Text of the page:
No drug can stop the process of vitiligo — the loss of pigment cells (melanocytes). But some drugs, used alone or with light therapy, can help restore some skin tone.
Applying a corticosteroid cream to affected skin may help return color, particularly if you start using it early in the disease. You may not see a change in your skin's color for several months. This type of cream is effective and easy to use. But it can cause side effects, such as skin thinning or the appearance of streaks or lines on your skin. Milder forms of the drug may be prescribed for children and for people who have large areas of discolored skin.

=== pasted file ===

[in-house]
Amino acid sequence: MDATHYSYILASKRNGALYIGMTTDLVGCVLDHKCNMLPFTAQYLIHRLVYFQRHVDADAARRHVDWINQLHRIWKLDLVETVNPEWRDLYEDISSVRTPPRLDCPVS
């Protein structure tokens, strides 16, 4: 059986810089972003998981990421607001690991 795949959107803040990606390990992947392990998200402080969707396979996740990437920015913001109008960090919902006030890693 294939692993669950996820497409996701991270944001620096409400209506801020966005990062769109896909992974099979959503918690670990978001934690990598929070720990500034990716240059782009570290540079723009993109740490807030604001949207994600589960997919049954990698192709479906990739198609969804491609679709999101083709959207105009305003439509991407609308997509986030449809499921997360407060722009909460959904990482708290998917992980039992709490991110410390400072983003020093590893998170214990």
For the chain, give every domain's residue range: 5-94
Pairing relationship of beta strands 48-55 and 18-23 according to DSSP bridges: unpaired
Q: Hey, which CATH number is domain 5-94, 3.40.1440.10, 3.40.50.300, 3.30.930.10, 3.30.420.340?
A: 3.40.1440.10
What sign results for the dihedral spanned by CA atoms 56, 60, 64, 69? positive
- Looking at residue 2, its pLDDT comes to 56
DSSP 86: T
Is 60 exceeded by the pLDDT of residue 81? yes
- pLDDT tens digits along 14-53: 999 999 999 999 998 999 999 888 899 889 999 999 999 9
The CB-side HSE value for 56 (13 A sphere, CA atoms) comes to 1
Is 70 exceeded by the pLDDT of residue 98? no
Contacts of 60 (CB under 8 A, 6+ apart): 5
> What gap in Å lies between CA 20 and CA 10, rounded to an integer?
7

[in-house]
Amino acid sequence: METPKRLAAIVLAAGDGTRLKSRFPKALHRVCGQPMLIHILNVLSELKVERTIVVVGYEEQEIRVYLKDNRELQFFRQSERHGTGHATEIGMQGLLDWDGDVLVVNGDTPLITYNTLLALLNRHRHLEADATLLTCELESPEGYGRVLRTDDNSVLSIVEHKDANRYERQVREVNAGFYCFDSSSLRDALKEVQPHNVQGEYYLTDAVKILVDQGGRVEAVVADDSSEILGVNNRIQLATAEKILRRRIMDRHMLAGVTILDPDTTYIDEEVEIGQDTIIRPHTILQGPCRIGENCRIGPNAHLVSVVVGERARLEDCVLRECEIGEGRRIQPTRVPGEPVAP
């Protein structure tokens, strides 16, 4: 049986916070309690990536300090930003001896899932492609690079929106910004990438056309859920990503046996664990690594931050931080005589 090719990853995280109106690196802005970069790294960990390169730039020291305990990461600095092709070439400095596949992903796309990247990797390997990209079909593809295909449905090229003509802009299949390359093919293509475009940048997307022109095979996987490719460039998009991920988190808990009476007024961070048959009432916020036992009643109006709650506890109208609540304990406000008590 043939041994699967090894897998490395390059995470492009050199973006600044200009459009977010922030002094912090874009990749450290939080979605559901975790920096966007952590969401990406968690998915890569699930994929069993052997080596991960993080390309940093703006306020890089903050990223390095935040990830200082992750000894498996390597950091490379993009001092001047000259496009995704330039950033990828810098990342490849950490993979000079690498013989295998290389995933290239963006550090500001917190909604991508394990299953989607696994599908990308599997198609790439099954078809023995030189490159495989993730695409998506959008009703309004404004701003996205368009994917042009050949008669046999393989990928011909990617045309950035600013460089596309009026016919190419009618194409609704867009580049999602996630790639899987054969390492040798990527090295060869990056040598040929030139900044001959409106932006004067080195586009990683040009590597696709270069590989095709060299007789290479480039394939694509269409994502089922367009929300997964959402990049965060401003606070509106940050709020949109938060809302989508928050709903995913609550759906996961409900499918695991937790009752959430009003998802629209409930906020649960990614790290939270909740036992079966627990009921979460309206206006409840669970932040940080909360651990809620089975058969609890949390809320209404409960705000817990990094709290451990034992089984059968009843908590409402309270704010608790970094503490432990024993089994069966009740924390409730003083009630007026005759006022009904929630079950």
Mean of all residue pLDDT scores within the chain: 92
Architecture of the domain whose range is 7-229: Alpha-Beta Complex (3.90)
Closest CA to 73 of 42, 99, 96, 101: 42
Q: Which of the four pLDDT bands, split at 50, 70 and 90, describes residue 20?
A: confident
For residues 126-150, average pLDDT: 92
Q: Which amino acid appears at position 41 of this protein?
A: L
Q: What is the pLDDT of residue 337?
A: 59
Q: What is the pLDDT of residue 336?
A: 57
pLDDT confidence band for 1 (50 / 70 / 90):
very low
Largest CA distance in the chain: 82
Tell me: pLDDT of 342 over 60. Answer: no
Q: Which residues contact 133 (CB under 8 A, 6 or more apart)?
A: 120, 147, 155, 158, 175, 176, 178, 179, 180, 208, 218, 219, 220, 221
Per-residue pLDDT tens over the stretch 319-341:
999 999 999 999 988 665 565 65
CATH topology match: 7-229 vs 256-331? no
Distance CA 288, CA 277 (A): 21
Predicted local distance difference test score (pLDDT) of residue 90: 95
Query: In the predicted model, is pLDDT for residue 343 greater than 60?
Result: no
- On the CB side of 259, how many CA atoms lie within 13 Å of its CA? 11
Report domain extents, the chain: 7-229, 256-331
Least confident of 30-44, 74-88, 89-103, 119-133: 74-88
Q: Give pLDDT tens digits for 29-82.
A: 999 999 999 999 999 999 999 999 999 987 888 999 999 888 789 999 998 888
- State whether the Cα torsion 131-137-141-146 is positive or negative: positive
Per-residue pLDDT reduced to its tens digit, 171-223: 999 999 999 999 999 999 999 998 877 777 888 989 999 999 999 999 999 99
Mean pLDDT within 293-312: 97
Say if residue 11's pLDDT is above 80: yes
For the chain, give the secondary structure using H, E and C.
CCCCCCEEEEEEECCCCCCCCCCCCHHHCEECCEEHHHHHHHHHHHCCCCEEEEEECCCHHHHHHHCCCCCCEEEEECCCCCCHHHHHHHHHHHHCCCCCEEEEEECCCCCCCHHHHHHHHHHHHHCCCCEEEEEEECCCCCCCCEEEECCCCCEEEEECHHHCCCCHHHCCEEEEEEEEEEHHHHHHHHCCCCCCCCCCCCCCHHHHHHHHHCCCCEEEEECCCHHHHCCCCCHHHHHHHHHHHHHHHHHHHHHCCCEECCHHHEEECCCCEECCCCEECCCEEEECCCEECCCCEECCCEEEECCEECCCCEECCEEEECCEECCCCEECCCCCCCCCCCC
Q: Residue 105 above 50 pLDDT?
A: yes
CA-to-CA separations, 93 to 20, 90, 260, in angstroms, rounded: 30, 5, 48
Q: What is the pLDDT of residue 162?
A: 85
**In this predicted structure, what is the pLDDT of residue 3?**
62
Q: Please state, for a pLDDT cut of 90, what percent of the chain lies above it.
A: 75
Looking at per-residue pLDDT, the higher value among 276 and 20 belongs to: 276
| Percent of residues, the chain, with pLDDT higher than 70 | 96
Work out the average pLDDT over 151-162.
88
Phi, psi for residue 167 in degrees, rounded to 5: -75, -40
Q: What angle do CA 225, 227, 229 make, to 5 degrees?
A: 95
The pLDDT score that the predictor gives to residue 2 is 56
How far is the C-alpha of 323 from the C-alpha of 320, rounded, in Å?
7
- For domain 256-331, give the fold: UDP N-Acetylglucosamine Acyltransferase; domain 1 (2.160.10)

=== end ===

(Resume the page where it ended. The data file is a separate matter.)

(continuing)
Ointments containing tacrolimus or pimecrolimus (calcineurin inhibitors) may be effective for people with small areas of depigmentation, especially on the face and neck. This treatment may have fewer side effects than corticosteroids and can be used with ultraviolet B (UVB) light. However, the Food and Drug Administration has warned about a possible link between these drugs and lymphoma and skin cancer.